Laser dermatology focused Ra Medical Systems has filed to raise $86 million in an IPO on the New York Stock Exchange.
The fundraising will enable Ra to expand its direct sales force and increase promotion of its minimally-invasive, laser-based treatment of vascular diseases.
Ra is competing against mechanical methods for treating vascular blockages that are sold by companies including Medtronic and Boston Scientific.
Endovascular surgical approaches such as angioplasty, stenting and atherectomy have significantly improved the treatment of vascular blockages in patients with peripheral artery disease. The details of these endovascular surgical procedures vary but each offers a catheter-based way to mitigate the threat posed by plaque in blood vessels.
While these procedures are associated with fewer complications than bypass surgery, they have shortcomings. Notably, the vessels of a significant proportion of patients narrow in the years after endovascular surgery, a process known as restenosis. Around one-third of patients treated with drug-eluting stents experience restenosis within 10 years, according to a 2017 analysis of data from the Veterans Affairs healthcare system.
Ra thinks it can improve on mechanical methods for removing blockages, vascular stents and other products sold by industry giants such as Abbott, Boston Scientific and Medtronic. Ra’s confidence is based on the novel mechanism of action of its DABRA device.
DABRA consists of an ultraviolet laser and a catheter. The laser photochemically ablates calcium, thrombus, atheroma and other causes of vascular blockages by breaking the bonds that bind the materials. This chemical, not mechanical, breakdown is designed to minimize the size of the debris left behind after the procedure. A single-arm pivotal trial of 64 patients associated DABRA with a 94% success rate and no serious adverse events.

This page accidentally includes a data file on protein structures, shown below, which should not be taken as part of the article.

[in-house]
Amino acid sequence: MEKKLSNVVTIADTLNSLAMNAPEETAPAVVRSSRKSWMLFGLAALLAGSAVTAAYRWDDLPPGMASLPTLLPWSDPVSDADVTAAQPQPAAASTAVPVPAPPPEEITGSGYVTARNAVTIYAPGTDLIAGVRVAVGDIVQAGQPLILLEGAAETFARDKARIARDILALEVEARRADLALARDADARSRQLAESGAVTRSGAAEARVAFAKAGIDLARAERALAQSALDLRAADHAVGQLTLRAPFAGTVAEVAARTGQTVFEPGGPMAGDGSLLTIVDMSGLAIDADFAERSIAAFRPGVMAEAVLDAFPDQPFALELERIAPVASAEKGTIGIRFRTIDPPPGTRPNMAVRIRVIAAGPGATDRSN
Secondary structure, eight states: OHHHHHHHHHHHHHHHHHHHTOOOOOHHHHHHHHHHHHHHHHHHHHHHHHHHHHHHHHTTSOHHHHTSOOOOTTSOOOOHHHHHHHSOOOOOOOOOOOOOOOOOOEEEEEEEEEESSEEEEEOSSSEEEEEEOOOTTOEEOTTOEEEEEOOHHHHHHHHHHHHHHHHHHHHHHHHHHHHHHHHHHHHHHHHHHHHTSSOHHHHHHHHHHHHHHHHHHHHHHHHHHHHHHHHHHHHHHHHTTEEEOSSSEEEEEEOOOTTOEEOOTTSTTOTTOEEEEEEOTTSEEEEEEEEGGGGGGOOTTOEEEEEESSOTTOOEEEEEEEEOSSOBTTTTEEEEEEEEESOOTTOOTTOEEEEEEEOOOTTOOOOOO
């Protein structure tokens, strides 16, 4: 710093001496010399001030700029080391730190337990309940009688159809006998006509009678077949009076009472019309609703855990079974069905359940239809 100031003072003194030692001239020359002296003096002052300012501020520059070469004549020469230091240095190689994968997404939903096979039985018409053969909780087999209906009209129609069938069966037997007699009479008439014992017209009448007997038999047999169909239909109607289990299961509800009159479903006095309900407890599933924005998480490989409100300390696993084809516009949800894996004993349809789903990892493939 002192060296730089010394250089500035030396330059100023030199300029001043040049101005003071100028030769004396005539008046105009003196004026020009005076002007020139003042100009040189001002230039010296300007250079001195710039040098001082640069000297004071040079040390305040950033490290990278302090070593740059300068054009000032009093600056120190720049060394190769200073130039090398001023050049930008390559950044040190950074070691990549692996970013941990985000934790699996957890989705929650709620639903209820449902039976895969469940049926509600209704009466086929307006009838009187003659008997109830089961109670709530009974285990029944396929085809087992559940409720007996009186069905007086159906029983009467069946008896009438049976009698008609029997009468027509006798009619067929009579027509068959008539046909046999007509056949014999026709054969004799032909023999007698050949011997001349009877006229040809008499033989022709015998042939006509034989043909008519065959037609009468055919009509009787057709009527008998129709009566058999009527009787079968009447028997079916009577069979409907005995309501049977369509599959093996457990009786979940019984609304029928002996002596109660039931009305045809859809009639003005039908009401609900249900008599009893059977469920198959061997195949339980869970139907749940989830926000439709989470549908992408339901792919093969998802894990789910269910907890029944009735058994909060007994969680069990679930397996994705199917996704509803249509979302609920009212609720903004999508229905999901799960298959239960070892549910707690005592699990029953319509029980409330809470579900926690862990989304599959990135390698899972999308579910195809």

Ra gained 510(k) clearance from the FDA in May 2017 and spent the next 12 months building up its sales, production and training operations. That done, Ra is ready to step up its commercialization efforts, starting with a push to get DABRA into outpatient based laboratories. Beyond that, Ra plans to target the hospital catheterization laboratory market.
These activities will cost Ra significant sums of money. To succeed, Ra will need to persuade physicians its product has advantages over incumbent devices and get them to undergo training in the nuances of its product. At the same time, other companies with far larger marketing budgets will be telling physicians to stick with existing endovascular methods.
Ra acknowledges the difficulty of the task facing it in the IPO filing but thinks its device will give it an edge. If Ra can raise funding from public investors, it will get a chance to learn whether the perceived edge translates into commercial success.